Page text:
Bringing Ball Culture to Jozi: What’s good with Lelowhatsgood


South Africa’s entertainment industry is booming with emerging queer talent. One of these standout voices is Ntsikelelo Zane Meslani – popularly known as Lelowhatsgood.

Lelo was recently announced as one of the DJs at this year’s Afropunk, set to take place in late December. MambaOnline caught up with this multi-talented creative who’s also a writer, content creator and a Ball culture champion.

“I’ve always had a love for music and this [becoming a DJ] was a way to get to share what I love with other people,” says the 23-year-old, who resides in the west of Johannesburg.

Lelo draws his influence from a number of musicians, especially those who are considered “alternative” artists, such as Blood Orange, Frank Ocean, MikeQ, Byrell The Great and LSDXOXO, just to name a few.  “I’ve also expanded my range to house, alternative and Baile Funk,” adds Lelo.

He says another reason why he chose to be a DJ was to advocate for LGBTQIA+ visibility. “It’s important for me to do that because we need to start infiltrating spaces and making ourselves visible. I just live my truth and that somehow always reflects on the work I do.”

Lelo is also making his mark in providing spaces for the community to feel safe and wanted. He founded Vogue Nights Jozi in 2018 as what he says was a response to the globalisation of Ball culture and for queer people to find places to call home at night.

Ball culture emerged as an underground subculture in the United States in the 1980s and has only grown in popularity – becoming a creative and progressive platform for expression for mainly Black and Latino queer youth. Popular dance moves include whacking and voguing. Thanks to television shows like Pose, it’s now also blossoming in South Africa.

“It’s a safer space,” Lelo says of Vogue Nights. “No space is truly safe but measures are put in place to make it that way. We aren’t afforded with many spaces like that. So it was a way of me doing something different and introducing different sounds and the way people approach the nightlife scene.”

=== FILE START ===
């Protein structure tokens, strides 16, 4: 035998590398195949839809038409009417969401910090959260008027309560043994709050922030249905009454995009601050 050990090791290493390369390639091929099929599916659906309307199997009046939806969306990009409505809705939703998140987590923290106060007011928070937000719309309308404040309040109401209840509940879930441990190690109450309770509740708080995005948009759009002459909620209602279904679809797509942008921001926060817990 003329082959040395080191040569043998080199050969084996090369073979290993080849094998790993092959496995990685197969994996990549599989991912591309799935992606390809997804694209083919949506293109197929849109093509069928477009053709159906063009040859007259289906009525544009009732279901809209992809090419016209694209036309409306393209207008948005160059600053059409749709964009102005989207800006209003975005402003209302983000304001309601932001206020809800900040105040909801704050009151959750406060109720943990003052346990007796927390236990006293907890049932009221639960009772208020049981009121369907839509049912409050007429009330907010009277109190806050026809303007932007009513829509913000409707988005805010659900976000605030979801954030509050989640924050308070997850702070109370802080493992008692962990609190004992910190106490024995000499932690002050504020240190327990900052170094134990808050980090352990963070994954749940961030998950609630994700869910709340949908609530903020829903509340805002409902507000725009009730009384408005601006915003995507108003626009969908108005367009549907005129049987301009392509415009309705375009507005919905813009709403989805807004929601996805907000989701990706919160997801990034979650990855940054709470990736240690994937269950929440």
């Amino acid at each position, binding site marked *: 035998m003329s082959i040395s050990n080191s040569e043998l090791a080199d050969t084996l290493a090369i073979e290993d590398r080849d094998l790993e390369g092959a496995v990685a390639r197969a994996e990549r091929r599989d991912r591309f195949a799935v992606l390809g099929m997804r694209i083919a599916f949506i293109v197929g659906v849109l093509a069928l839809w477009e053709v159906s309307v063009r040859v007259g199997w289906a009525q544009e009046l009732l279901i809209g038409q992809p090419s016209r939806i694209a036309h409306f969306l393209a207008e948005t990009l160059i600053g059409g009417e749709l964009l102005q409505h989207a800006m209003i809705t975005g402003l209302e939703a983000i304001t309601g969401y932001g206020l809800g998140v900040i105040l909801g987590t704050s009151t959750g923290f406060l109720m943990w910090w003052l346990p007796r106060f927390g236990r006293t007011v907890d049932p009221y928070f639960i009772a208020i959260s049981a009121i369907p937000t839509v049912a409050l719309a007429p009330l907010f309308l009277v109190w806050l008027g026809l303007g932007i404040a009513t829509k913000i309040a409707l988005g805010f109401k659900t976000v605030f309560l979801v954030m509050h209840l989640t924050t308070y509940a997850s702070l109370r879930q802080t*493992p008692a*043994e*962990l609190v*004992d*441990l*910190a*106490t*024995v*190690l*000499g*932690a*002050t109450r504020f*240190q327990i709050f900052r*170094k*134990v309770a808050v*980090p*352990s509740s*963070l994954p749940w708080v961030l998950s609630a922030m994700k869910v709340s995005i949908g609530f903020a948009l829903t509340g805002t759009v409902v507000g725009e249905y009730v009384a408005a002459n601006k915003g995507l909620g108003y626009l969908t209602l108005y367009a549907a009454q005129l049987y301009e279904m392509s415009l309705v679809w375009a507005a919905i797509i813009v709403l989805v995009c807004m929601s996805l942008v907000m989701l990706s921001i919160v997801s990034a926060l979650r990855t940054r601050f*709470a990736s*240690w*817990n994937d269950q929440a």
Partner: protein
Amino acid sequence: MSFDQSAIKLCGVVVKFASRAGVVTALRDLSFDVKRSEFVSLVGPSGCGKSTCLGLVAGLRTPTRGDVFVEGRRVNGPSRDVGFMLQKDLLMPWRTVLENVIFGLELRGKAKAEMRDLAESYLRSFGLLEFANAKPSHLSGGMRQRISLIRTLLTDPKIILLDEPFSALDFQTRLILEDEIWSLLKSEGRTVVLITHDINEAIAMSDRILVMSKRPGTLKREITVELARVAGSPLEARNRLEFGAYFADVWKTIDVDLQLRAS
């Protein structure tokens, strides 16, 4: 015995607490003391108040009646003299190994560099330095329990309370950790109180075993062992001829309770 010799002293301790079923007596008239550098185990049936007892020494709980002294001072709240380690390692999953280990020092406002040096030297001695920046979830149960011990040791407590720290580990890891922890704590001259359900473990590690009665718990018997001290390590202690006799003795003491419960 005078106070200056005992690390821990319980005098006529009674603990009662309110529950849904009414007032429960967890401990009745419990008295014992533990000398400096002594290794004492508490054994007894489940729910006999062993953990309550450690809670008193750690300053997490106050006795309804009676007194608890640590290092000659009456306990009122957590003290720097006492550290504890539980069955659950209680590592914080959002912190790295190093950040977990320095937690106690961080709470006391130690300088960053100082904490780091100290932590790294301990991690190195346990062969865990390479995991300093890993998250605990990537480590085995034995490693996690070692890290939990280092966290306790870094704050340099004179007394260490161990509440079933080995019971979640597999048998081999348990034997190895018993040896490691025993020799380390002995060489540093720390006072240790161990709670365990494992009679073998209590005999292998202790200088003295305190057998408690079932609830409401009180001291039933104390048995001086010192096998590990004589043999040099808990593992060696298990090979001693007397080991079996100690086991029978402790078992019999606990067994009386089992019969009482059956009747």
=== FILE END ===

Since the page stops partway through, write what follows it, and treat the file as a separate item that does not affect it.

Six events in and he has created a ball event for the queer community in and outside of Johannesburg to redefine culture, shift norms and claim the city’s nightlife – one that’s not exactly known for being inclusive and intersectional. It also allows for uninhibited queer freedom of expression through dance, music, art and fashion.

“It’s an important space to cultivate support, love and freely being yourself without judgment,” Lelo says.

Vogue Nights is located in the heart of the Johannesburg CBD, and there’s a reason for this. “Joburg is really big. The reason why it’s central is that it’s easier for people to get to the venue.”

While Ball culture is still a relatively new phenomenon to South Africa, Lelo is planning on expanding Vogue Nights to reach other areas outside of Jozi to make it more accessible. “I would like to take it to Cape Town and Durban. It’s a good idea to get queer folks from other cities involved and engaged within the culture.”

In a major achievement, Lelo will be entertaining the crowds as a DJ at this year’s Afropunk two-day event, set to be headlined by the likes of Solange Knowles and Masego. “It was bound to happen eventually. They hit me up and that was it. It made me feel like I can share my gift on a bigger platform.”

Lelo believes that spaces like Afropunk are important for both performers and for many who do not feel safe in mainstream spaces. It’s also an opportunity to make change. “We get to share what we do with a massive audience, so that’s a platform you don’t take for granted,” he says.

“It’s also worth noting that black and brown queer people make up spaces like that – they’ve been leading a revolution against gender, sexuality and style and demanding a safe space to freely express themselves. So when others see that they start thinking about how they can navigate spaces and see how they’d fit themselves in.”

To stay up to date with upcoming Vogue Nights events check out the Facebook page.

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